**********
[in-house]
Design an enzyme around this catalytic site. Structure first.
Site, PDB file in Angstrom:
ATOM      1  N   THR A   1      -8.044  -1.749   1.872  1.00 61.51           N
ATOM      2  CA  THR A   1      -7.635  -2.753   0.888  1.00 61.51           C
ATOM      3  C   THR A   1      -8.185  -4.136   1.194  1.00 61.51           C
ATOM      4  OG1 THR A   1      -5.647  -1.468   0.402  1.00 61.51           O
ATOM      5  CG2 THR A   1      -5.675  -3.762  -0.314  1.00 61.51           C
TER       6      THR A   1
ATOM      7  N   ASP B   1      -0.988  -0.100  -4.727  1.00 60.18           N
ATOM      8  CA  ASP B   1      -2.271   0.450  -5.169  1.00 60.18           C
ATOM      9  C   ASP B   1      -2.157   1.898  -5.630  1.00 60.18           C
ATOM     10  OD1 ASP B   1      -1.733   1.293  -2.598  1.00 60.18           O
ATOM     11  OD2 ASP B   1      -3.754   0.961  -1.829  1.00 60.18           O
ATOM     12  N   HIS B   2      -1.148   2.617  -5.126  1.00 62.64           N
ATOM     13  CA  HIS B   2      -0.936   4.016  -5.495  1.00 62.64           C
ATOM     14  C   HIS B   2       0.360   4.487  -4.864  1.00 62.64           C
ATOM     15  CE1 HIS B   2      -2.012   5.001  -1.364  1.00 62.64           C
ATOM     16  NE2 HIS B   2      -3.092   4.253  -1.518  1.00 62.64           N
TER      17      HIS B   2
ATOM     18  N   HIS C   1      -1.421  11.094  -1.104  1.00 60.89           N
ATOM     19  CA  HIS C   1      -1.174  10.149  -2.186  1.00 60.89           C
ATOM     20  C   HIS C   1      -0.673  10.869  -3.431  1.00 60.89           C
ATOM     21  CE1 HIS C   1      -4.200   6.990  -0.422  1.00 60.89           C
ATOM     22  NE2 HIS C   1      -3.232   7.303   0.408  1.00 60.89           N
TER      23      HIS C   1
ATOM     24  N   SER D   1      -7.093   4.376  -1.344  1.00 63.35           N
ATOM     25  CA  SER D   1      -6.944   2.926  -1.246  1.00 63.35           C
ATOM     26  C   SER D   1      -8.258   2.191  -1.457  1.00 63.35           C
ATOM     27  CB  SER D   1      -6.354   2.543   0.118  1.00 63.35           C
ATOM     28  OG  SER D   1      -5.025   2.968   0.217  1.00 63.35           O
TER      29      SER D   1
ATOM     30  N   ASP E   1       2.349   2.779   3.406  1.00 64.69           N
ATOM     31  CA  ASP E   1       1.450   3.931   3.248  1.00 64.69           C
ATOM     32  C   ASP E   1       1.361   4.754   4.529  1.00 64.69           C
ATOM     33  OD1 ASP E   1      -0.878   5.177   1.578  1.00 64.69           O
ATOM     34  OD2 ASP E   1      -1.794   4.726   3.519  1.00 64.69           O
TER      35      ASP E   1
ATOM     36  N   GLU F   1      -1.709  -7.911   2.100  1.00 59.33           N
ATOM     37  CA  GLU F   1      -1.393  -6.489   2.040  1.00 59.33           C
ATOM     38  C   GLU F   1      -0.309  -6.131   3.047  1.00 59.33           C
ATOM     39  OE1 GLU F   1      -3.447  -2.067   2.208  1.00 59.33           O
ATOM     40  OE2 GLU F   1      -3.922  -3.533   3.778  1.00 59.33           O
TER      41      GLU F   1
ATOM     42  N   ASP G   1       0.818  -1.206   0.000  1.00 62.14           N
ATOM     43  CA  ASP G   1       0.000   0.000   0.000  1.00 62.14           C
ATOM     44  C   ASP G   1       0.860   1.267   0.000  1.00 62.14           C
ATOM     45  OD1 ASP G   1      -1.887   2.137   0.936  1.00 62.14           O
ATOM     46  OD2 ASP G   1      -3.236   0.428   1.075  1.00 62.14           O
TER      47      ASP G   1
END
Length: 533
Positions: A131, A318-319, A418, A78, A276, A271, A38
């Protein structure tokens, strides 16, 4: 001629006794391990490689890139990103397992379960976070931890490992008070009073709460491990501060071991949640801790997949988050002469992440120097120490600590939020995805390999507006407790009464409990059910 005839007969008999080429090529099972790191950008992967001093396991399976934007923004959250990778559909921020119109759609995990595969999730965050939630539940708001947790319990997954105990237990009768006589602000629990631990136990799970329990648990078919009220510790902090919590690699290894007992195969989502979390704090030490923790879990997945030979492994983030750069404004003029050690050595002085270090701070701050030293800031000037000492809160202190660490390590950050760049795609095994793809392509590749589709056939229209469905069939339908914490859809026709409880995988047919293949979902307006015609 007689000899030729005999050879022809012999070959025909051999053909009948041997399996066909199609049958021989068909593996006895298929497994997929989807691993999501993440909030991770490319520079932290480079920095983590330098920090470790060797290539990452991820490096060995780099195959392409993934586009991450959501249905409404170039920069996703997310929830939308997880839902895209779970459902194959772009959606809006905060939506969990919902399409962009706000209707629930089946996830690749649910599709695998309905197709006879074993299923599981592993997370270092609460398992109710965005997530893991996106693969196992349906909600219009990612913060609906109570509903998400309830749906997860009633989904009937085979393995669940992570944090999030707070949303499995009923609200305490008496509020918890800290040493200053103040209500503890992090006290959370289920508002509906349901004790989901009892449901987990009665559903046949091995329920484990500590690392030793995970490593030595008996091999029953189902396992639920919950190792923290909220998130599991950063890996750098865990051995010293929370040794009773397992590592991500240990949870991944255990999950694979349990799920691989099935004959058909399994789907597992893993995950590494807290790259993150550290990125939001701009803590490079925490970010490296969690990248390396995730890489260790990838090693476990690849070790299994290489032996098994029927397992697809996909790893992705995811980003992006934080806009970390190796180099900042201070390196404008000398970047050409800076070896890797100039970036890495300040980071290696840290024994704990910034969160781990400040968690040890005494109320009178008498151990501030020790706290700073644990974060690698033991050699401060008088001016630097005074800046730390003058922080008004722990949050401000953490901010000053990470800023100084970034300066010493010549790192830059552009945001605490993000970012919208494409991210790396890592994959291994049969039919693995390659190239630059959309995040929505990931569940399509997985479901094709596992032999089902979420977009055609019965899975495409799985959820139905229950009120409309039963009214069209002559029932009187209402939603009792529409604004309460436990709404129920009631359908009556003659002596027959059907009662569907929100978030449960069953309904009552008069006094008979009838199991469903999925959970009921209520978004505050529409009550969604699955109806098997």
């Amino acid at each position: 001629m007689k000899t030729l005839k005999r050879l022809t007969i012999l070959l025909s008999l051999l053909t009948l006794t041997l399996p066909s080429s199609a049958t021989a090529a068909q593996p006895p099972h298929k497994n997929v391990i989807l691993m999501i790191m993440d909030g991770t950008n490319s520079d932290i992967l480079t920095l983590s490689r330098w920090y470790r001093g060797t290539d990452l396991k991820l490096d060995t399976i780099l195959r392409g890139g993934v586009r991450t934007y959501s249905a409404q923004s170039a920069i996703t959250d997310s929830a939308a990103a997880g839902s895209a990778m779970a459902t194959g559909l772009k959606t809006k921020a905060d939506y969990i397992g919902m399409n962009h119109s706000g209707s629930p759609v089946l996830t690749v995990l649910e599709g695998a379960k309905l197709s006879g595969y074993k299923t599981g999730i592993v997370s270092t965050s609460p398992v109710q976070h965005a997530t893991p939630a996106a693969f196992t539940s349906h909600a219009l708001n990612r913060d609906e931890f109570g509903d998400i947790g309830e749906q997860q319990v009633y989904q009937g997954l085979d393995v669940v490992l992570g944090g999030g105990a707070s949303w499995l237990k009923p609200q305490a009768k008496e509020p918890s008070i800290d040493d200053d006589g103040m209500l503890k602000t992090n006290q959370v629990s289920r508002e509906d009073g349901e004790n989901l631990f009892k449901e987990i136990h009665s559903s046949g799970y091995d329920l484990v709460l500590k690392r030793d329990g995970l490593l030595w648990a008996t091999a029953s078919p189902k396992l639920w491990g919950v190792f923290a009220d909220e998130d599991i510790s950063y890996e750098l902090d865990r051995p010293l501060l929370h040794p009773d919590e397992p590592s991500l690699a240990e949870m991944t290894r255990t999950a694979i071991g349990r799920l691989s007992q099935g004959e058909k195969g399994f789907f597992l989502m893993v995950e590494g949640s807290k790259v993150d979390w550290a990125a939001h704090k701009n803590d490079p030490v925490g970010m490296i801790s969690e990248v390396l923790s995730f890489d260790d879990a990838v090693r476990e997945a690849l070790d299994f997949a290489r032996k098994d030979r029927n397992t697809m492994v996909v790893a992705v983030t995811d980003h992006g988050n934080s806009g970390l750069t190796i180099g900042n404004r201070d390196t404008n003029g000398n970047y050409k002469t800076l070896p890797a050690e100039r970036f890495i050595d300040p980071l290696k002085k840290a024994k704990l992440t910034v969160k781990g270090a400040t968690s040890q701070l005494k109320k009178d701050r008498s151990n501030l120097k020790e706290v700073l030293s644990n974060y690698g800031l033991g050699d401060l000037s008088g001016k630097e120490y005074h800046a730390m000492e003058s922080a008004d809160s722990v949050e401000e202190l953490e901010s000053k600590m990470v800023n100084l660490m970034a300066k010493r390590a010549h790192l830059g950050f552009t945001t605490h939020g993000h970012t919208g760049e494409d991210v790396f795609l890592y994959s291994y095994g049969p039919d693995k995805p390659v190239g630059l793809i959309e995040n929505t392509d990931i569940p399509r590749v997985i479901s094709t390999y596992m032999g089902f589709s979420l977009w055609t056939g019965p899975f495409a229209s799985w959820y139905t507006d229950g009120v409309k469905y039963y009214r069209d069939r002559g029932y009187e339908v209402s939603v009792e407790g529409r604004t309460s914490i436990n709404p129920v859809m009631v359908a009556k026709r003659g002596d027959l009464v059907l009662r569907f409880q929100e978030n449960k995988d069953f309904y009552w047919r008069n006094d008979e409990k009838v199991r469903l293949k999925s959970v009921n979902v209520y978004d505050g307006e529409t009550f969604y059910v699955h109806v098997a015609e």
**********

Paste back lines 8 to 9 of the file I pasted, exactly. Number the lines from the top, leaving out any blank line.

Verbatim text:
ATOM      5  CG2 THR A   1      -5.675  -3.762  -0.314  1.00 61.51           C
TER       6      THR A   1